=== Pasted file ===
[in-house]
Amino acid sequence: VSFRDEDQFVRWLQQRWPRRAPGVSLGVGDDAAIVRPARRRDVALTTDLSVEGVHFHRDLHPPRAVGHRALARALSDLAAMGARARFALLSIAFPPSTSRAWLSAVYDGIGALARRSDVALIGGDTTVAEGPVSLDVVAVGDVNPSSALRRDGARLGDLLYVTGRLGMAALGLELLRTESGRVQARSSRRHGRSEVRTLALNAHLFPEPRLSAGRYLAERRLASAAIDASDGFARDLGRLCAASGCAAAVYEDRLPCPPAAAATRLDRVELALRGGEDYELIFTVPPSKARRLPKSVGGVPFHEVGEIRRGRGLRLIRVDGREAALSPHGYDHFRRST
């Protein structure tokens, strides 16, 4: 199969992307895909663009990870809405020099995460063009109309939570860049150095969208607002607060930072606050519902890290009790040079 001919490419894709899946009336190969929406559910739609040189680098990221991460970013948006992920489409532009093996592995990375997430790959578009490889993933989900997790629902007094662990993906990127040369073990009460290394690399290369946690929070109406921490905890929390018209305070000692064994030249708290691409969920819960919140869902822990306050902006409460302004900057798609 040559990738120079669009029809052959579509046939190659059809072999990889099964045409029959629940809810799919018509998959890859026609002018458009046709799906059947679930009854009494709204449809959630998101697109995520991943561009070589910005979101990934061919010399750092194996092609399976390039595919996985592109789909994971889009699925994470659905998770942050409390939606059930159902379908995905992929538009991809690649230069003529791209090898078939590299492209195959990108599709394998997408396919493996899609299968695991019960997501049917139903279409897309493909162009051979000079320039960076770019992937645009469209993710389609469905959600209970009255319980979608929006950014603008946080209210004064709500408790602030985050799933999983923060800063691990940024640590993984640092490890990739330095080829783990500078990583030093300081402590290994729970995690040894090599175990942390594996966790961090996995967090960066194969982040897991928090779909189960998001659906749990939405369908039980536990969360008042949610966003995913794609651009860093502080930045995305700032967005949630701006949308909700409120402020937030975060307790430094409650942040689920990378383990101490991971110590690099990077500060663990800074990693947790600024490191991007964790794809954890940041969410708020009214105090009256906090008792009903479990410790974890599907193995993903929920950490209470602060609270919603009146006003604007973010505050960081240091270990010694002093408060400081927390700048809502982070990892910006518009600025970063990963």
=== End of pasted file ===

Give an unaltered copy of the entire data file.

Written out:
[in-house]
Amino acid sequence: VSFRDEDQFVRWLQQRWPRRAPGVSLGVGDDAAIVRPARRRDVALTTDLSVEGVHFHRDLHPPRAVGHRALARALSDLAAMGARARFALLSIAFPPSTSRAWLSAVYDGIGALARRSDVALIGGDTTVAEGPVSLDVVAVGDVNPSSALRRDGARLGDLLYVTGRLGMAALGLELLRTESGRVQARSSRRHGRSEVRTLALNAHLFPEPRLSAGRYLAERRLASAAIDASDGFARDLGRLCAASGCAAAVYEDRLPCPPAAAATRLDRVELALRGGEDYELIFTVPPSKARRLPKSVGGVPFHEVGEIRRGRGLRLIRVDGREAALSPHGYDHFRRST
């Protein structure tokens, strides 16, 4: 199969992307895909663009990870809405020099995460063009109309939570860049150095969208607002607060930072606050519902890290009790040079 001919490419894709899946009336190969929406559910739609040189680098990221991460970013948006992920489409532009093996592995990375997430790959578009490889993933989900997790629902007094662990993906990127040369073990009460290394690399290369946690929070109406921490905890929390018209305070000692064994030249708290691409969920819960919140869902822990306050902006409460302004900057798609 040559990738120079669009029809052959579509046939190659059809072999990889099964045409029959629940809810799919018509998959890859026609002018458009046709799906059947679930009854009494709204449809959630998101697109995520991943561009070589910005979101990934061919010399750092194996092609399976390039595919996985592109789909994971889009699925994470659905998770942050409390939606059930159902379908995905992929538009991809690649230069003529791209090898078939590299492209195959990108599709394998997408396919493996899609299968695991019960997501049917139903279409897309493909162009051979000079320039960076770019992937645009469209993710389609469905959600209970009255319980979608929006950014603008946080209210004064709500408790602030985050799933999983923060800063691990940024640590993984640092490890990739330095080829783990500078990583030093300081402590290994729970995690040894090599175990942390594996966790961090996995967090960066194969982040897991928090779909189960998001659906749990939405369908039980536990969360008042949610966003995913794609651009860093502080930045995305700032967005949630701006949308909700409120402020937030975060307790430094409650942040689920990378383990101490991971110590690099990077500060663990800074990693947790600024490191991007964790794809954890940041969410708020009214105090009256906090008792009903479990410790974890599907193995993903929920950490209470602060609270919603009146006003604007973010505050960081240091270990010694002093408060400081927390700048809502982070990892910006518009600025970063990963």